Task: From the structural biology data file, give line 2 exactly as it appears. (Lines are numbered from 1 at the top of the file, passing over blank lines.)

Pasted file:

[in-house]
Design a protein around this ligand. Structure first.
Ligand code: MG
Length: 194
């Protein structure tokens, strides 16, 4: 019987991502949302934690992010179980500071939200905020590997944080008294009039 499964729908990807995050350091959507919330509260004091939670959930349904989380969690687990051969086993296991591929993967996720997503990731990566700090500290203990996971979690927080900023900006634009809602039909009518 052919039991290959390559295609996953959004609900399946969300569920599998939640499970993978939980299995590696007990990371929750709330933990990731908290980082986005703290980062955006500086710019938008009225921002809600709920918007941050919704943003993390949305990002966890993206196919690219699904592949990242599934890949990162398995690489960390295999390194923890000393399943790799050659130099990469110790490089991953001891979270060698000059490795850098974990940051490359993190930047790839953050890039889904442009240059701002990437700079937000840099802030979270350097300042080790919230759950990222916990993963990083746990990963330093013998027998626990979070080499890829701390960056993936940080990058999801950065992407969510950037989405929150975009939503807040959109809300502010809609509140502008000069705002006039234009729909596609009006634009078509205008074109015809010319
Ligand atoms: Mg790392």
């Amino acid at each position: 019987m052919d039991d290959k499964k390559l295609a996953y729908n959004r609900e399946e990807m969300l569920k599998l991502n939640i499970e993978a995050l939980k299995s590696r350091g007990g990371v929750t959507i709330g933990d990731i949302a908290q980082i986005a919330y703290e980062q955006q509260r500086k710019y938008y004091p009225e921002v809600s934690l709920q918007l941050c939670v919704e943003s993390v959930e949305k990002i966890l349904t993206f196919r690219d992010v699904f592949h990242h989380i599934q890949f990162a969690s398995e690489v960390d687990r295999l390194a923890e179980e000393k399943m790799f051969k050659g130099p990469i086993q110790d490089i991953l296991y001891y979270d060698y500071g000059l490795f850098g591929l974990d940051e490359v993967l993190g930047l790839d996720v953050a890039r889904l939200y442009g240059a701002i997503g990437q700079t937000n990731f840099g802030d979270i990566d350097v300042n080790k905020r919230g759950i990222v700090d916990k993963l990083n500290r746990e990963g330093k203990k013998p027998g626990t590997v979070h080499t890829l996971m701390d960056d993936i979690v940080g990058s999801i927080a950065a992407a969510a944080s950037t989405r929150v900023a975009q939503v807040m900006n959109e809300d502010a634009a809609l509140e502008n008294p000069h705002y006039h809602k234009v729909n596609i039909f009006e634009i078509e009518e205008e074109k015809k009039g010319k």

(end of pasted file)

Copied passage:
Design a protein around this ligand. Structure first.